42-yr-old Shyam Kumar was happy with his salary of rupees 8000 per month being a peon with this Mumbai startup just because the amount was more than what he could earn as a security guard in his previous job. He was not expecting a high paying job because he had left his education incomplete due to father’s bad health. He knew nothing about technicalities of ESOP despite his CEO explaining him many a times. He just knew that ESOP is something that would benefit him in long run.
Shyam Kumar stayed in a 10×10 room in a slum in Malad area of Mumbai suburbs. The 100 sq. ft area would house 10 people that included Shyam and his own family; his parents and his brother’s family. The family used curtain to divide the sleeping area as the room was too small for any other arrangement. Shyam would reach at 10pm every morning to their small basement office in Santacruz of Mumbai. He would often be alone in the office as other people including CEO Jitendra Gupta were usually out for meeting and business expansions. Many a time he would be sceptical about the nature of business his company was in.
Today Shyam lives in a 1 BHK rented flat in Mumbai, planning to buy a new house in outskirts, has a better mobile phone, planning a holiday in Goa and has health insurance too. Thank to his continuous trust in the company he was working despite knowing much about its business.
Kumar got the job back in 2010 when his company Citruspay was formed. While the company was working on business development, they got funded in several rounds by Sequoia Capital, Ascent Capital, eContext Asia and Beenos Asia and few others. By 2016 Citruspay had customers that included Indigo, Go Air and Amazon India. That same year, South African-firm Naspers-backed PayU acquired Mumbai-based CitrusPay for USD 130 million in September last year, in an all-cash deal. Making Shyam one of those 50 odd employees who got benefited by the deal.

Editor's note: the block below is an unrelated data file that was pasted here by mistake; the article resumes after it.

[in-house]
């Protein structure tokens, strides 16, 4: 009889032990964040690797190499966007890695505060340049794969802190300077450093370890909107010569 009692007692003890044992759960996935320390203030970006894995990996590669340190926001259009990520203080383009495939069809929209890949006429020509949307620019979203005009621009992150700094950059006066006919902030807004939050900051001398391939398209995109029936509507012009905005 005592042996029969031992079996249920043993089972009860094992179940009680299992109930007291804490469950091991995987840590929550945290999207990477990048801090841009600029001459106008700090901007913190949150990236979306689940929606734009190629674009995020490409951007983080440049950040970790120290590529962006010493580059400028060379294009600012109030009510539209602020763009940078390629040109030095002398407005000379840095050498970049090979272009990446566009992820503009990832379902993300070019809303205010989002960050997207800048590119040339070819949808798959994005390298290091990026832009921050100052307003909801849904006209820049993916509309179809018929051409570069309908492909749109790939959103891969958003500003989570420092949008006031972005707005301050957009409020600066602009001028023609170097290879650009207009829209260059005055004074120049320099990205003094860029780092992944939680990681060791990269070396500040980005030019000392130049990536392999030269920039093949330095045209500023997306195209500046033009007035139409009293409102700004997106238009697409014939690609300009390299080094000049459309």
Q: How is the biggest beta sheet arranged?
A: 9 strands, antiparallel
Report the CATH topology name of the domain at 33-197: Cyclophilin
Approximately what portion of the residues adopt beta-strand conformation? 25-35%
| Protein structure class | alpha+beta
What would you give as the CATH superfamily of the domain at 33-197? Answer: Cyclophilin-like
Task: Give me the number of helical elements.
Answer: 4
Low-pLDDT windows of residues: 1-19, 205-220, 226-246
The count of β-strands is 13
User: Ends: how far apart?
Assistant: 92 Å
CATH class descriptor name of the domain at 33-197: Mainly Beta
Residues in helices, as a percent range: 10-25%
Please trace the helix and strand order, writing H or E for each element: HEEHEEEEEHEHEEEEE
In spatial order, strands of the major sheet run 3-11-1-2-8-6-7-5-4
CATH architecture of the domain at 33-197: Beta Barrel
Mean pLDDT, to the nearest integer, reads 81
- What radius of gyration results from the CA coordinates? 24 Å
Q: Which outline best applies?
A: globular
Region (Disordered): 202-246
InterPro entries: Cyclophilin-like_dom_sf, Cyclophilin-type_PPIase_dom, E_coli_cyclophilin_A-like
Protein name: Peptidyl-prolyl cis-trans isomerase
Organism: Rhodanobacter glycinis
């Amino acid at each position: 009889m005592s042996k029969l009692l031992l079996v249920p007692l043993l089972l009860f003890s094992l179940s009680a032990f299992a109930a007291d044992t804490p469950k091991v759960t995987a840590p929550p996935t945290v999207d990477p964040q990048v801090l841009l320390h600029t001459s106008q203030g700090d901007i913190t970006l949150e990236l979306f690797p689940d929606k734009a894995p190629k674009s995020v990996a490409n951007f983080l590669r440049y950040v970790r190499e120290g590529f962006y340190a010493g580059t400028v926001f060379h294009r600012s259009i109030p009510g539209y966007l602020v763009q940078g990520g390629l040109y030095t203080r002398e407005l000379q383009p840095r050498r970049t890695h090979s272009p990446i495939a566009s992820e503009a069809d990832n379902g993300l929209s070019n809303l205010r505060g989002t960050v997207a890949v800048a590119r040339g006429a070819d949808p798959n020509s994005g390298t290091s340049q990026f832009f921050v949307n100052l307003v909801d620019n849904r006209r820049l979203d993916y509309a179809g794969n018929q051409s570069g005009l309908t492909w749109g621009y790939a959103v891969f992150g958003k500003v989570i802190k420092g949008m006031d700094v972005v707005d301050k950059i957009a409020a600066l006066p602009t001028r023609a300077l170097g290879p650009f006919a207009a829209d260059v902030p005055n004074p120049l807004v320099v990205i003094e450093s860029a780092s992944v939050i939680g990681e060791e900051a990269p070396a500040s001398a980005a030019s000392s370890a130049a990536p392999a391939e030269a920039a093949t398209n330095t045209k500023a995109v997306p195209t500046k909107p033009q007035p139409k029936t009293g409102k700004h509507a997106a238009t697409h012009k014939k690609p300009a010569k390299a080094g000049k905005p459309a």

Shyam’s story is itself a rags to riches story that many would credit to his organisation. Kumar who was the first few employees of the organisation saw the firm growing from scratch. Despite payment gateways and ESOP being too complicated ideas for him, he continued his trust in the company and got rewarded.
In 2016 when Citruspay got acquired, his CEO personally called him and told that he would be getting 50 lac for his stake in the company. He did not believe the news at first but was later explained about the technicalities. When Shaym told his wife about the news, she too did not believe it till the money was actually deposited in the bank.
Shyam Kumar’s story is a fine example of India’s growing startup culture and represents the big Indian dreams.